Anxious wait for A-level results, with just one day left
- 13 August 2014
- From the section Wales
It's the same every year, across Wales and beyond. After the anxious wait, it is A-level results day.
It opens up the gateway to university or the world of work.
And in Wales students get the most generous support package of any part of the UK.
Welsh students pay the first £3,500 of their tuition fees. The Welsh government picks up the tab for the rest wherever they study in the UK.
Adam Stewart, from Wrexham, is spending the summer doing an office job before, he hopes, heading off to study economics at Lancaster University. And while he knows he'll end up in debt, it doesn't put him off.
"The debts do build up, but people cope, people are fine once they get a job. For me it's not much of an issue, and I think a lot of people get frightened by the figures. So even if the Welsh government grant wasn't available I think university is still something I would look at, it wouldn't hold me back at all."
So will he be smug with his friends from England because he pays so much less than them?
"I might make a few jokes here and there. It's certainly a lot more noticeable with people I know from England that they are a lot more worried about the debt."
About two-thirds of students from Welsh universities got a job within six months of graduating. That's a little lower than other parts of the UK.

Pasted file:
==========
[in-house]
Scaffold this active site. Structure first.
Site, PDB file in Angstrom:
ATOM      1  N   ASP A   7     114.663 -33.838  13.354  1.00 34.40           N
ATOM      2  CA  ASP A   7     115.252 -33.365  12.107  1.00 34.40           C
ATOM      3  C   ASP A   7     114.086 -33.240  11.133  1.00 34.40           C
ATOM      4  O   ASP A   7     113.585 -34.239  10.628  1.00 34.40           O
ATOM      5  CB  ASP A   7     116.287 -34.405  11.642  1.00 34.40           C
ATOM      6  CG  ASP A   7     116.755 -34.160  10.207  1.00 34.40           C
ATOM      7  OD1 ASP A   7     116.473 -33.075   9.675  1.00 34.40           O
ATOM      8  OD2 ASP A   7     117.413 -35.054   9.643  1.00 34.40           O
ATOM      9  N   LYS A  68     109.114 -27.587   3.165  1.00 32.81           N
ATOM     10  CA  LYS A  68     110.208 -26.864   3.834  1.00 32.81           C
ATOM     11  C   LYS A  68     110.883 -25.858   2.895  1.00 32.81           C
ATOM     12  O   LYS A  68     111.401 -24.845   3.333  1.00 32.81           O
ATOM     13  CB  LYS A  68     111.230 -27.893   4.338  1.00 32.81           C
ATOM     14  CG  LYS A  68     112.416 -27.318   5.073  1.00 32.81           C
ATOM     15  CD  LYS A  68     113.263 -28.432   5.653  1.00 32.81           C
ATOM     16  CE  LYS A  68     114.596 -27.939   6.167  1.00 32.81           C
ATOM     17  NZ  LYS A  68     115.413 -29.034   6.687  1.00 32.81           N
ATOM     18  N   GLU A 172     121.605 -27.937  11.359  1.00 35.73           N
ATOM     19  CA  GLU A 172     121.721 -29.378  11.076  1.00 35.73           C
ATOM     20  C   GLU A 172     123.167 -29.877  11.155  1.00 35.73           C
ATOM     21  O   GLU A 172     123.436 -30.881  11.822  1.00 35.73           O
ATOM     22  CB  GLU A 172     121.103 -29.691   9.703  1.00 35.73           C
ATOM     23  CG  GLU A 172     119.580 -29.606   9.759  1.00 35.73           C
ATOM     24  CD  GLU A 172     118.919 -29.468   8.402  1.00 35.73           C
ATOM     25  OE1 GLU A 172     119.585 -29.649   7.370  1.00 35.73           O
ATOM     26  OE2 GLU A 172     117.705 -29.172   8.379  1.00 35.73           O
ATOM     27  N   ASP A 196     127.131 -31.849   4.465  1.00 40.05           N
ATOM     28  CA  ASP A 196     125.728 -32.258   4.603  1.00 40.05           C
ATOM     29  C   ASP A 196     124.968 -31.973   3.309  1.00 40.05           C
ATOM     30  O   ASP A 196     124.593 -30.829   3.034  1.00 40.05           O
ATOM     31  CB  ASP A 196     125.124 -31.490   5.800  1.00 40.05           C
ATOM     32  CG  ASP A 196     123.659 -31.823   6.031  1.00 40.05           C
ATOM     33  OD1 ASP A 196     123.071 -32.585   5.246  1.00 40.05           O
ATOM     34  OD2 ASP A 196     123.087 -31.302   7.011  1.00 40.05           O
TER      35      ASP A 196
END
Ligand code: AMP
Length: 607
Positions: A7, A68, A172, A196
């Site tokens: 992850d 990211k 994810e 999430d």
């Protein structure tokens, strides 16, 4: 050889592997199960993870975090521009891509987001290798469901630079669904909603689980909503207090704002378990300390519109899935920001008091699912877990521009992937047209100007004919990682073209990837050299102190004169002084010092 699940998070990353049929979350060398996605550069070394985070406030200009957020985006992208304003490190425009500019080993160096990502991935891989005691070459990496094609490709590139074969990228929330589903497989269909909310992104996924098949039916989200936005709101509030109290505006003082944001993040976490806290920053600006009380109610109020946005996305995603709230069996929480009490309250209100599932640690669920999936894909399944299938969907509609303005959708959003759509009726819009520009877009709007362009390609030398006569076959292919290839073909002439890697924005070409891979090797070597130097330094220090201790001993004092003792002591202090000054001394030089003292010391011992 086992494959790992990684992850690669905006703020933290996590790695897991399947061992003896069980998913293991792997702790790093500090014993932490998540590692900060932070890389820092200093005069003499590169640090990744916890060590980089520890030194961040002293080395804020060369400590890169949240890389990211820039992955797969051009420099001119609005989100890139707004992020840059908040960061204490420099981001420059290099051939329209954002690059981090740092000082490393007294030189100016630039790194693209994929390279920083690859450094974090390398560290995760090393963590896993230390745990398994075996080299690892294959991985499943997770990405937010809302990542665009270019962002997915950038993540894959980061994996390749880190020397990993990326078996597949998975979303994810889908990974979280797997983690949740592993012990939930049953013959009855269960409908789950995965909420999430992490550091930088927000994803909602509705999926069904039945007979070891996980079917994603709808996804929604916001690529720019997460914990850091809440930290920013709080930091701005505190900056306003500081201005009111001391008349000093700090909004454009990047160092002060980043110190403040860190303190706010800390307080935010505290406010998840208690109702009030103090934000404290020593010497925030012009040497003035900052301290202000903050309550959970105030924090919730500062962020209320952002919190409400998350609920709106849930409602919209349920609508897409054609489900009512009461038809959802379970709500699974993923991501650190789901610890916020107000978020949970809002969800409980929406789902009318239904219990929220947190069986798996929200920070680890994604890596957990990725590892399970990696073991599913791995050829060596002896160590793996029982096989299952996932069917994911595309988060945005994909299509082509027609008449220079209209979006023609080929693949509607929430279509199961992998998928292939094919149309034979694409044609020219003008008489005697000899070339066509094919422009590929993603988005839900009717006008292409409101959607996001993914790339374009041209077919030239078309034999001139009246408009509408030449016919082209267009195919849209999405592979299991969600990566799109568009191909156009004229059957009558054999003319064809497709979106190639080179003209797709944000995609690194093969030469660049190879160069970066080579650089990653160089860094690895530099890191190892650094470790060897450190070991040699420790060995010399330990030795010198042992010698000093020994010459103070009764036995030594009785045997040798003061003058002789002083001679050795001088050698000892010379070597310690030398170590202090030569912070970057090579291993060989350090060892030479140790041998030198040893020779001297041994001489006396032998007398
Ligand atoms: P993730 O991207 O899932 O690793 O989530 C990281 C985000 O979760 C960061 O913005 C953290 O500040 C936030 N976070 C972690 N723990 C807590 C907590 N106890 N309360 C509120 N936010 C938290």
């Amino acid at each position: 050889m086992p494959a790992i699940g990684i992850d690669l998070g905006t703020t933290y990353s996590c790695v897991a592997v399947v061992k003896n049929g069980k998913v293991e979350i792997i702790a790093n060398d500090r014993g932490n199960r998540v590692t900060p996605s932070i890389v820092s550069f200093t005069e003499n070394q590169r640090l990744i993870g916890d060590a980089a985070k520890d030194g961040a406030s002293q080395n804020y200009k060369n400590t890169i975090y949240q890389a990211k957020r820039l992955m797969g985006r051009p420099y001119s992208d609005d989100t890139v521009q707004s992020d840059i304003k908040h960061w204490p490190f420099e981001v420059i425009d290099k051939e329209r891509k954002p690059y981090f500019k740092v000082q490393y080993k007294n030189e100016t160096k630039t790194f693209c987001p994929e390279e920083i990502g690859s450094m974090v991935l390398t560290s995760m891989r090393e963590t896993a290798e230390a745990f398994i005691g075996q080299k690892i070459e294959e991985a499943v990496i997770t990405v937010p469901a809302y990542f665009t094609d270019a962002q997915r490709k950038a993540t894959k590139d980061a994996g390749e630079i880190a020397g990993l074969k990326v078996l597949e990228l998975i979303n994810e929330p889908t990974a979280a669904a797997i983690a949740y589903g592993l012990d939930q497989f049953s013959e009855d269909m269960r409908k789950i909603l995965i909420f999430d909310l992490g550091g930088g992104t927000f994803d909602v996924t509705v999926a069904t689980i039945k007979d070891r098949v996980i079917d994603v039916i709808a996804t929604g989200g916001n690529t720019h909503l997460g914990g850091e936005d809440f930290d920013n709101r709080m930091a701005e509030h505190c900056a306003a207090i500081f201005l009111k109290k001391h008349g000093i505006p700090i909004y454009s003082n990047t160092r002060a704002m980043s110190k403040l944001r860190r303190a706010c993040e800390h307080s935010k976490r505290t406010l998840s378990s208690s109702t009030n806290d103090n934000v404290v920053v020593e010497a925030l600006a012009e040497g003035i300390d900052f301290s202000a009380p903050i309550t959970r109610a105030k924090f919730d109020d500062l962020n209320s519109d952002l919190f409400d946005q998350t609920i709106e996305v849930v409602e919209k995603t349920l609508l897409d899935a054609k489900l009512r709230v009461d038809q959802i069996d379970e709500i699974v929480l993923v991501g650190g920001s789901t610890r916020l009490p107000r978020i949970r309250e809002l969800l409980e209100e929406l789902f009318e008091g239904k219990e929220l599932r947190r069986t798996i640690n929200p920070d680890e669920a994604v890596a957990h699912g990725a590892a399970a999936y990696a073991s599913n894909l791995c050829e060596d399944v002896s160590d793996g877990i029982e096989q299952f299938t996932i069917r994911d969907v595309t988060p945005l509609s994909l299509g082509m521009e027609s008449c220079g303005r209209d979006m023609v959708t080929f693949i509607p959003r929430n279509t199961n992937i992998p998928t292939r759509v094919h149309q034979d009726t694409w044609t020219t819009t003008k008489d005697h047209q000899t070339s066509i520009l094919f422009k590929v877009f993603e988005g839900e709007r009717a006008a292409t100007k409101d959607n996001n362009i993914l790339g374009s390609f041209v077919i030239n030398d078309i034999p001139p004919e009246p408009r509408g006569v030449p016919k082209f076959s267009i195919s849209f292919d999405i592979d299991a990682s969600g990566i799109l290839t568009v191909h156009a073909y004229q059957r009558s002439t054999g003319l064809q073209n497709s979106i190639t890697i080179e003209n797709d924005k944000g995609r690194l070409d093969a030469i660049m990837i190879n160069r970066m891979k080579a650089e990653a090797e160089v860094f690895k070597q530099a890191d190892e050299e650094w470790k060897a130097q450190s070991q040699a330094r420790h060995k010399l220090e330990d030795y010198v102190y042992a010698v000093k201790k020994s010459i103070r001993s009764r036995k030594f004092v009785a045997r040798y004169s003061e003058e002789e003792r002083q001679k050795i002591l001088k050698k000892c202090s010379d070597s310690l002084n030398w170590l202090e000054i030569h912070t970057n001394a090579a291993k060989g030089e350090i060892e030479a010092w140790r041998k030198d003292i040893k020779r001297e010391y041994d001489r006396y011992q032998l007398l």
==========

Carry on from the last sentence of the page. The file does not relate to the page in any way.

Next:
Sophie Davies, from Swansea, wants to go to university next year. In the meantime she's working at her local supermarket to get enough money.
"Obviously, you have more career opportunities with a degree, and I think the independence is important because you can stand on your own two feet and fend for yourself. And obviously there is still support from your parents, but I think it's good to make you grow up a bit."
But what if things don't go to plan tomorrow? That the results aren't what people had hoped for? That's where bodies like Careers Wales can help. They offer advice. And there's plenty to offer, according to one of their advisors, Iwan Hywel.
He said: "If they don't do as well as expected, the advice is to talk to family members, friends, and get in touch with us here at Careers Wales.
"There are other options available; they could look at re-sitting their A-levels at college or at the same school to apply for the same course again next year.
"They could go through the UCAS clearing system to see what's available, other courses. And of course there are other options such as higher apprenticeships or Jobs Growth Wales which are jobs placements for young people aged 16 to 24. So there are a lot of options, don't panic. And research things."
Last year, around 30,000 pupils from Wales went on to university, around 59% of those who were in Year 13. So a good proportion decide against higher education.
Apprenticeships are an increasingly attractive offer. Research for British Gas suggests that over a third of young people see it as an alternative to university, and the firm has 50 applicants for every engineering apprenticeship.
Its training academy at Tredegar, Blaenau Gwent, teaches some of their 1,200 apprentices. Kirsty Williams was one of them.
She said: "I chose to do an apprenticeship because I felt that training and working in the field gives you more experience, whereas A-levels, you train for two years, qualify, get a job, and then you get your experience.
"I did start A-levels, but because there was no goal to reach at the end and I didn't have a focus, there was nothing driving me to complete."
So yes, tomorrow's a big day. But the message couldn't be clearer. If it doesn't quite go to plan, there are plenty of opportunities out there.